Using the sensor to pinpoint chemical variations, the team found they could not only distinguish between healthy and malignant breath but also identify the four different common tumor types.

While more work is needed to develop the technology, the early success could lead to the development of a cheap, easy-to-use and portable test to help diagnose cancer earlier.

If we can confirm these initial results in large-scale studies, this new technology could become a simple tool for early diagnosis of cancer along with imaging, said Abraham Kuten of Technion Israel Institute of Technology.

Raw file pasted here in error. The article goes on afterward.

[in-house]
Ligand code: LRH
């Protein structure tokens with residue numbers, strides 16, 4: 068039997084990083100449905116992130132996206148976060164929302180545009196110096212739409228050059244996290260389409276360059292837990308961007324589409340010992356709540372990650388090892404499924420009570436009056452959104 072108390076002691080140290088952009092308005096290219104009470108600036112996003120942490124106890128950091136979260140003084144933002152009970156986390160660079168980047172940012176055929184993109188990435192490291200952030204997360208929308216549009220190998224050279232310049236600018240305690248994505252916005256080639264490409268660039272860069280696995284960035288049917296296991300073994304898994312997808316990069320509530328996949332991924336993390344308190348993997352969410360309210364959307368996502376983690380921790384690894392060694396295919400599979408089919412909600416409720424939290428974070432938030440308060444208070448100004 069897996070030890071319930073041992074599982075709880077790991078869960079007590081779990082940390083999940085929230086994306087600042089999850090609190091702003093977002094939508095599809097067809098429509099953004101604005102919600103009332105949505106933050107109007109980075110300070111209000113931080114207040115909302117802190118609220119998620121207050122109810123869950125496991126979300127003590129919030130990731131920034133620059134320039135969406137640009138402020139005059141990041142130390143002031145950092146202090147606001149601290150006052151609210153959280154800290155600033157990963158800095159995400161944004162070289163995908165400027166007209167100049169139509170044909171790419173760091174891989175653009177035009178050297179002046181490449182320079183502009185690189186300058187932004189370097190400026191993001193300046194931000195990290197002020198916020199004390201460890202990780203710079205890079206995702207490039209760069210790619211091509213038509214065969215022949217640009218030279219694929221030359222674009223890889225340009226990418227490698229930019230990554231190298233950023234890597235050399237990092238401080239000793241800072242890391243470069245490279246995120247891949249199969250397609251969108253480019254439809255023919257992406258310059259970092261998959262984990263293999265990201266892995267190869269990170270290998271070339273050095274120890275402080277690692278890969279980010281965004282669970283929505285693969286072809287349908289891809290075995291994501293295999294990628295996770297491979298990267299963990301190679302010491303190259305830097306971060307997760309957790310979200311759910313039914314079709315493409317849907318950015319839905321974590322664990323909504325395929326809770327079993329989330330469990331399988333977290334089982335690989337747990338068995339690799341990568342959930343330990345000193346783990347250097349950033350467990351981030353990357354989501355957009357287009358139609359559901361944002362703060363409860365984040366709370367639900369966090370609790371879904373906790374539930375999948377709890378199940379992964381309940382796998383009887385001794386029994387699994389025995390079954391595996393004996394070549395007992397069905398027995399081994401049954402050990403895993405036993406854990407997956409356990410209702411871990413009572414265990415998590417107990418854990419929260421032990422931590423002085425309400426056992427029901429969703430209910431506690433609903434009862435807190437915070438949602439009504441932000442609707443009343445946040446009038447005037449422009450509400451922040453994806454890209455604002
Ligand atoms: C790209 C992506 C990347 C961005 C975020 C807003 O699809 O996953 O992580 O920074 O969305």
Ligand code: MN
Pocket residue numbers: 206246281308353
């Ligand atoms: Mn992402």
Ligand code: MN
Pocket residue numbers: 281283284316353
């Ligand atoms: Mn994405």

Kuten and his colleagues studied the breath of 177 people -- some healthy and some with various types of cancer -- to detect the different chemicals emitted from the surface of cancer cells as they grow.

Their findings, published in the British Journal of Cancer, build on earlier research published by scientists at the same institute last year showing that a sensor made with gold nanoparticles could detect lung cancer in breath.

(Reporting by Ben Hirschler; Editing by Louise Ireland)